The evidence that some poems other than those indicated in the MS. by the initials R.C. are Crashaw's is mainly based upon Abp Sancroft's table of contents to his volume, a photograph of which I have had made. I regret that in one case the evidence seems clear that a poem printed by Dr Grosart as Crashaw's cannot be his, and it does not therefore find a place in the present text.
Abp Sancroft's table of contents begins thus: Mr Crashaw's poëms transcrib'd frõ his own copie, before they were printed ; among wch, are some not printed. Latin, on y Gospels v. p. 7: On other subjects. p. 39. 95. 229. English sacred | poëms p. 111. on other subjects—39. 162. 164. V. 167. V. 196. 202. V. 206. 223. v. Suspetto di Herode. / translat'd fro Car. Marino. p.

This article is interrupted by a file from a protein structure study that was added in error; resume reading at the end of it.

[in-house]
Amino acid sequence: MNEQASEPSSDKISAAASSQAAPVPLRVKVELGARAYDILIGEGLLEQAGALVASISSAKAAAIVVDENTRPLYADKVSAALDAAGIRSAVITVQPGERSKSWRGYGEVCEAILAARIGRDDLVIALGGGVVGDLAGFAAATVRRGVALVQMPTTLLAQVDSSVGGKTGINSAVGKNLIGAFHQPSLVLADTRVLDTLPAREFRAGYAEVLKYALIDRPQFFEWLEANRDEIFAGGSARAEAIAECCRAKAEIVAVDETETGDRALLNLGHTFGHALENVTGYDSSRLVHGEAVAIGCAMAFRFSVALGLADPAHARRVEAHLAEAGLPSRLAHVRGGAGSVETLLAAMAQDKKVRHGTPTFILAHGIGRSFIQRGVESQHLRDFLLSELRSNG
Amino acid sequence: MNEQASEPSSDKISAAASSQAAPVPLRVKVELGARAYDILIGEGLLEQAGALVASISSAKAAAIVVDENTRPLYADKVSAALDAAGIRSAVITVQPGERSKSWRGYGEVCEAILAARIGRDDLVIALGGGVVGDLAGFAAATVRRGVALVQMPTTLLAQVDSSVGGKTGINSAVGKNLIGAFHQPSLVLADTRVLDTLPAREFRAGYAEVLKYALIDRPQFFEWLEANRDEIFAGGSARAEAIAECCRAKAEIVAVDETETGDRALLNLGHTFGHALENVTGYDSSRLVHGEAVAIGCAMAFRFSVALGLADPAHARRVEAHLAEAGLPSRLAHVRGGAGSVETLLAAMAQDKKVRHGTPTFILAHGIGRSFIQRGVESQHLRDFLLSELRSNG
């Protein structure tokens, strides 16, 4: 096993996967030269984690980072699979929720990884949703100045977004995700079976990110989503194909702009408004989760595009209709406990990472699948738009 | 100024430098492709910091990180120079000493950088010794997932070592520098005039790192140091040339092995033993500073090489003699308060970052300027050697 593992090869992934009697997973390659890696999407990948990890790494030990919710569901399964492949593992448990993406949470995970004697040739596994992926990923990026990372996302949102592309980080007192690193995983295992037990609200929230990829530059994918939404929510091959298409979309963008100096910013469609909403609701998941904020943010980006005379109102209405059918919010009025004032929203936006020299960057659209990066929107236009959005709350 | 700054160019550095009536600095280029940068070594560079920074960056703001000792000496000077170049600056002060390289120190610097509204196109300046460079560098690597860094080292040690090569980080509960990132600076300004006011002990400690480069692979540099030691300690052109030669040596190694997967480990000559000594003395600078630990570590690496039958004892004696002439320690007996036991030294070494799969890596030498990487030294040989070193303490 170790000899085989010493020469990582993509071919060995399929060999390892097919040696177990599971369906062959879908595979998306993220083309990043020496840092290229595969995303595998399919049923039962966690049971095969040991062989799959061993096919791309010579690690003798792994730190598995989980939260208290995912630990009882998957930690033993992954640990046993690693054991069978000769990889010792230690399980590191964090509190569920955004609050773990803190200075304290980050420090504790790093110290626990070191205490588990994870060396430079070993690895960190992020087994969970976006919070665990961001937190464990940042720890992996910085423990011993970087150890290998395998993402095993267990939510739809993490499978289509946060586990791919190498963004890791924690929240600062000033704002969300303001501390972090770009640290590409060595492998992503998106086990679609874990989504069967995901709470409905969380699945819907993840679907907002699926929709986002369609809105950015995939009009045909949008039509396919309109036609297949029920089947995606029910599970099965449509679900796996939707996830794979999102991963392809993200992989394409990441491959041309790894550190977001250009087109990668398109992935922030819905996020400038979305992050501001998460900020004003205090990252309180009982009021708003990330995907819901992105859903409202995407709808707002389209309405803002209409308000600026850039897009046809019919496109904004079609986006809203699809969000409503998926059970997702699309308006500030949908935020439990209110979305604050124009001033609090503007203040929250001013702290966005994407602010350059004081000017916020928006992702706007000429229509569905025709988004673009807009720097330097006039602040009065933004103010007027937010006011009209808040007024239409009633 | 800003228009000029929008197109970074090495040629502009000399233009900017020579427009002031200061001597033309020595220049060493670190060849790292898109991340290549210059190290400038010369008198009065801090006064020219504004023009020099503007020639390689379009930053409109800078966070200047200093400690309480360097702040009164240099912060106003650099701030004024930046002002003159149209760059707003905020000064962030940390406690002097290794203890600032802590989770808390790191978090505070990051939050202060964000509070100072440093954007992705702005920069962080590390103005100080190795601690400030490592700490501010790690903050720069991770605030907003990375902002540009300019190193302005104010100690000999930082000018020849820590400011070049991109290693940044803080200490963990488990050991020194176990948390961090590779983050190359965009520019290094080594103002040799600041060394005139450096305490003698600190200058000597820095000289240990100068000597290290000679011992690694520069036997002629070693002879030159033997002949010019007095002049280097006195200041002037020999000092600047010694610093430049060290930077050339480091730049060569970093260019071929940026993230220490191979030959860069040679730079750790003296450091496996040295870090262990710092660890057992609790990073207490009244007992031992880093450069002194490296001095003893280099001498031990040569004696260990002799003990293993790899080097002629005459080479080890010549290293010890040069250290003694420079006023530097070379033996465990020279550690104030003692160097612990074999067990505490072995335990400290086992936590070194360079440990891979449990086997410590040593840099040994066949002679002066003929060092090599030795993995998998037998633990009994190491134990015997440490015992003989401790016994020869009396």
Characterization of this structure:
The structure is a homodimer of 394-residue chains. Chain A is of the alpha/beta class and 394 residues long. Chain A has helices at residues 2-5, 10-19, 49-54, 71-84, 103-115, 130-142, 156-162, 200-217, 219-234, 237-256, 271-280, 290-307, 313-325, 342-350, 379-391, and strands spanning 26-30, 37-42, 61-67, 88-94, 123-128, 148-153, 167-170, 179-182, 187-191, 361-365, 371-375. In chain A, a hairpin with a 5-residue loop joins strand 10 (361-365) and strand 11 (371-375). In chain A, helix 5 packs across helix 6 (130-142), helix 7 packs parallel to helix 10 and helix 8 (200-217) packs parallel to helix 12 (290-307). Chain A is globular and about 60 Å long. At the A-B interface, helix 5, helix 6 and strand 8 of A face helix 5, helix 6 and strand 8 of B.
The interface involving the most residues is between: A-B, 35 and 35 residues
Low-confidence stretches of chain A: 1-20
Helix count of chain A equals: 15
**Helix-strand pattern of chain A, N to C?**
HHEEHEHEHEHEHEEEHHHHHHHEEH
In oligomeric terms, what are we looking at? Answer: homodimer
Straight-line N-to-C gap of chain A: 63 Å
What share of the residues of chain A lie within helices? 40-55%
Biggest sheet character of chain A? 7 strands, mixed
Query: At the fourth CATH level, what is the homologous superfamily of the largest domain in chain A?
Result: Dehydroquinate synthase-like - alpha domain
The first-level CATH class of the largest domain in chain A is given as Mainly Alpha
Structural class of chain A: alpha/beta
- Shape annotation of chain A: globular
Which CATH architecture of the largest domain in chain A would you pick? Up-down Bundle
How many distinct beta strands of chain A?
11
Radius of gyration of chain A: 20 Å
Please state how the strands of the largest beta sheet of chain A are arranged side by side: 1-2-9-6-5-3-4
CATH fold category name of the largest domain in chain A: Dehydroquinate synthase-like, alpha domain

frõ 287 v.
The table then gives the titles of poems other than Crashaw's, and amongst these are indexed the two unsigned poems written on p. 205 of the MS., 'On a Freind. On a Cobler': of these, Dr Grosart printed one as Crashaw's and not the other. Dr Grosart took 202. V. 206' to mean that all the poems on and between those pages were Crashaw's. If that were so then the verses On a Cobler' would be Crashaw's and these he omitted. But, apart from the fact that these two poems are indexed elsewhere among Abp Sancroft's miscellaneous and anonymous collection, they are preceded by a
poem to which Abp Sancroft affixed the initials R. Cr., are followed by one bearing
one bearing the same initials, and are themselves unsigned.